Take a drive down a county road in Alabama until you see fences and green pastures. If you stop and look, that is a picture of the basis for beef cattle operations in Alabama. The growing conditions in the Southeastern United States favor nearly year-round forage or pasture production.
Beef cattle and their impacts on the environment are often a hot discussion topic. What isn’t news to most beef cattle operations is the positive role that beef cattle play in sustainability. However, this may seem counterintuitive to what is often heard in the media surrounding cattle production. The following are several benefits of forage-based beef cattle systems to society as well as some misconceptions about the industry.
Beef Cattle are More Efficient Now Than Ever
A recent report noted that although the current cattle inventory is similar to the number of cattle in 1990, overall beef production has increased 18% over this time period. In other words, the country is producing more animal product today with the same number of animals from 30 plus years ago. Ultimately, this means farmers are producing more beef with fewer emissions.
Cattle, Carbon, and Methane
Proper grazing management helps restore soil health and creates a sink for atmospheric carbon and nitrogen. Yes, cattle emit methane, but not in the way people are most often led to believe. When forage is digested in the rumen–or the fermentation vat of the ruminant digestive system–methane is produced. The misconception is cattle emit methane mostly through flatulence. However, most methane is actually expelled through belching.
As part of nature’s carbon cycle, plants require carbon dioxide to complete the process of photosynthesis. Over time, the methane cattle expel in the atmosphere breaks down into carbon dioxide and water, which can be used by plants. Plants store carbon in their growth above ground (the grazeable forage) and below ground in their often-extensive root system. This builds soil quality over time and helps keep the land productive.
Beef Cattle Convert Forages into Protein for Humans
Beef cattle are ruminants, which have the unique ability to convert forages into a high-quality protein for human consumption. This is known as upcycling. Cattle can produce this high-value protein to meet human nutritional demands, all while using land resources that would otherwise be unutilized.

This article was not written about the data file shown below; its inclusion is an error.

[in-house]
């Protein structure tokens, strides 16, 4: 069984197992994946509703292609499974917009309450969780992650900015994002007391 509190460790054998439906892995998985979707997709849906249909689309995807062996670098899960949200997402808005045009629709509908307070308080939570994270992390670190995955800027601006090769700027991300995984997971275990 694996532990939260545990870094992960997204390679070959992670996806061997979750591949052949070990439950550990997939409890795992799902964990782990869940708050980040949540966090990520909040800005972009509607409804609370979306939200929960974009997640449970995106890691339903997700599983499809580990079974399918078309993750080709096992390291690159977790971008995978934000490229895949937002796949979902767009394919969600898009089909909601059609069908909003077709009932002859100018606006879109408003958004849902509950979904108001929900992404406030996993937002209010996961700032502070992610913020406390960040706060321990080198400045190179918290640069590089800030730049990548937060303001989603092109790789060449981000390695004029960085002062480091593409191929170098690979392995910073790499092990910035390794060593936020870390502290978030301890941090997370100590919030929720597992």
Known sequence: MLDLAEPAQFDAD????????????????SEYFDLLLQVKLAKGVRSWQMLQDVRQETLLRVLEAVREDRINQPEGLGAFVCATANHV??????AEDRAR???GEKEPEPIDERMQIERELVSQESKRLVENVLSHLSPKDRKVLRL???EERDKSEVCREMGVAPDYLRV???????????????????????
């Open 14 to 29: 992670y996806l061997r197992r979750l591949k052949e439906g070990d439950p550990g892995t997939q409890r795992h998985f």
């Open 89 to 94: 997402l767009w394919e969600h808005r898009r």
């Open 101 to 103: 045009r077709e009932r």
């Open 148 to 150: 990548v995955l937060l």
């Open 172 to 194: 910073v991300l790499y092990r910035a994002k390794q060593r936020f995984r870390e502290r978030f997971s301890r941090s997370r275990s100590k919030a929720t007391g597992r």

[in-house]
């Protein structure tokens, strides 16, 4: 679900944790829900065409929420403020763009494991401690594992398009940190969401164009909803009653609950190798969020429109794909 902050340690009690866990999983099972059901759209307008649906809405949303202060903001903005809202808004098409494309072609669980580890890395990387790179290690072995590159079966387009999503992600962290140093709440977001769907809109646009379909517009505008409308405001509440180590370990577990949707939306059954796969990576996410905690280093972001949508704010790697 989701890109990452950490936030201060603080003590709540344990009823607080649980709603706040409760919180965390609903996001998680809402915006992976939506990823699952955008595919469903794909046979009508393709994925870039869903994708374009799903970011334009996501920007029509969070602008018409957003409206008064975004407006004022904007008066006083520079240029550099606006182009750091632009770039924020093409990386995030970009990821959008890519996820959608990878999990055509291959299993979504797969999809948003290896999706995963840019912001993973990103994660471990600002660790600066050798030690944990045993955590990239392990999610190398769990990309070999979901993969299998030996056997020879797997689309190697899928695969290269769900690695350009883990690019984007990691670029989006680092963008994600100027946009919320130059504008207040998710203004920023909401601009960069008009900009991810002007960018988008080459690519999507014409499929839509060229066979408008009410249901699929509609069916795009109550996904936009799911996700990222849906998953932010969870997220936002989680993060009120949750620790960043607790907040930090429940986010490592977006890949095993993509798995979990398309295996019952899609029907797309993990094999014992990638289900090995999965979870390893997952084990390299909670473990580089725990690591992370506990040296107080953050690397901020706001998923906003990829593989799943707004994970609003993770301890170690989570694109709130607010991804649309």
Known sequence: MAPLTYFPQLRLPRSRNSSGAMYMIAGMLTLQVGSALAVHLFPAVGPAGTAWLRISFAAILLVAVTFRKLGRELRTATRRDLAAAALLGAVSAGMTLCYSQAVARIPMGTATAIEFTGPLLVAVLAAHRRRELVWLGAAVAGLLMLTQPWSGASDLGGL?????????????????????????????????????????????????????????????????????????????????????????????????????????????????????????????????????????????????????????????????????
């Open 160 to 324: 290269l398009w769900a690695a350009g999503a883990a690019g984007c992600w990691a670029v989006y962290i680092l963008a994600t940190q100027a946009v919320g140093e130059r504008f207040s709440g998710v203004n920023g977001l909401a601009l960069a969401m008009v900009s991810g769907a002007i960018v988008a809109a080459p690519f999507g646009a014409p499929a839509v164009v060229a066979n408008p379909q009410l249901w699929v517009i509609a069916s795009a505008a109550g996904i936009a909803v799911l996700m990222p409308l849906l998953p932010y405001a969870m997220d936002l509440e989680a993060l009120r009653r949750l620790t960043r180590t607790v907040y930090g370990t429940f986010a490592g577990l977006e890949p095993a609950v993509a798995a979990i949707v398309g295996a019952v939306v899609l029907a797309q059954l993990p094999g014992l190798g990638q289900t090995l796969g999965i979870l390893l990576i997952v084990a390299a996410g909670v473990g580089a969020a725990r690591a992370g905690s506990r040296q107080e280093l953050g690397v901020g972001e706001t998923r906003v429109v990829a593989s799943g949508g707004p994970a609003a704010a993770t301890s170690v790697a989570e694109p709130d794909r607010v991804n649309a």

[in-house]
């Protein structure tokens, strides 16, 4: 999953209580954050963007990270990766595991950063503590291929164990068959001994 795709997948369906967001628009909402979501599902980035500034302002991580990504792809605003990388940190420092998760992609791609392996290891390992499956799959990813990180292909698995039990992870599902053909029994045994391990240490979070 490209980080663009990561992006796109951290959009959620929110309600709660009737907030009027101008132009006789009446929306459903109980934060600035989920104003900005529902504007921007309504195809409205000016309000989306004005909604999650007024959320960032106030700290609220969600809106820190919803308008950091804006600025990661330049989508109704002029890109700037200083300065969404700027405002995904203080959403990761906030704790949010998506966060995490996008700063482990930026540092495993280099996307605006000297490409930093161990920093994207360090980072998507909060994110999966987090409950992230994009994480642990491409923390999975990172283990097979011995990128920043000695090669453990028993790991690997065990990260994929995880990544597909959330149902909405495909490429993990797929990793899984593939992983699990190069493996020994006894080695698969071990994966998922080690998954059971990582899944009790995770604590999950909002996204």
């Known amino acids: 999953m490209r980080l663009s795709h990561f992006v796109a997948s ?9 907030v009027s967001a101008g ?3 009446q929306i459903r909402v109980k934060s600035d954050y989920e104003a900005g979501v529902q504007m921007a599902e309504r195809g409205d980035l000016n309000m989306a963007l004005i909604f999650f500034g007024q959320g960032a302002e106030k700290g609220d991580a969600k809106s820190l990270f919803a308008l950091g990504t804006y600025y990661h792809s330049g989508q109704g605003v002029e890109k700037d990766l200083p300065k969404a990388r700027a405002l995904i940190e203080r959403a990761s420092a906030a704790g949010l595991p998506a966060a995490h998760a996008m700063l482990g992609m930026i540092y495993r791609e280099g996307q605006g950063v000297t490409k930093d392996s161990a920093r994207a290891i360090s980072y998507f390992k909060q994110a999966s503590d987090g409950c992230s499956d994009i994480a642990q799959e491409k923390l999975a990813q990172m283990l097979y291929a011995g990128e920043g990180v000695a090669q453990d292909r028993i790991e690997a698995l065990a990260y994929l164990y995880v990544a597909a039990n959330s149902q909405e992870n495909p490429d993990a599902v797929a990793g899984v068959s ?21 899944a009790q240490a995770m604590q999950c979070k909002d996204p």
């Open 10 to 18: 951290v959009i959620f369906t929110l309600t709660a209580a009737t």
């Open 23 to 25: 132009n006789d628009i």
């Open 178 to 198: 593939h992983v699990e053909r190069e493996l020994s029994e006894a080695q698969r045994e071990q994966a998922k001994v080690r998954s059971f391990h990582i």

A common argument is that land for beef cattle could be used for other crops for human consumption. However, this is not entirely true, as beef cattle spend much of their life in forage-based systems. Forages are typically grown on land that is unsuitable for other high-value crops, and would be considered land of marginal use without being used for grazing.
Beef Cattle Use By-products That Humans Cannot Use
Every industry has feeder systems that supply needed resources to make a given product. Beef cattle production is no different, and cattle are often fed supplements which are by-products from other industries. Reducing beef cattle numbers nationwide means there would be negative impacts on all of the supporting industries, which have environmental implications associated with not using those resources. Without beef cattle to use these resources, the system would be creating another source of emissions rather than effectively upcycling them into a high-quality beef product. Many feed by-products would have no value for other commodities, and would simply be land applied or composted, creating an additional source of emissions.
Producers are Environmental Stewards
Beef cattle producers are, and continue to be, committed stewards of the environment. A 2021 survey conducted by Elanco Animal Health noted that 90% of cattle producers use one or more methods to protect natural resources on their farm. These practices included rotational grazing, optimizing stocking density, supplemental winter grazing, using cross fencing, and strategic access to water resources. Among the producers who mentioned these practices, they reported that they valued these practices in relation to sustainability of their operations and overall longevity of the land.
Producers Pursue Opportunities and New Technologies
As new technologies arise, beef cattle producers often evaluate these technologies with application in their operations to further increase efficiency. Discussion of carbon credits is on the horizon for various other agricultural commodities and may begin entering livestock systems discussions. More emphasis on optimizing the use of forage and grazing lands offers an opportunity to help improve land productivity and sustainability. Beef cattle producers are positioned to take advantage of these incentives for the things they are already doing – management which favors sustainability.
For more information on beef cattle systems management strategies, visit www.alabamabeefsystems.com.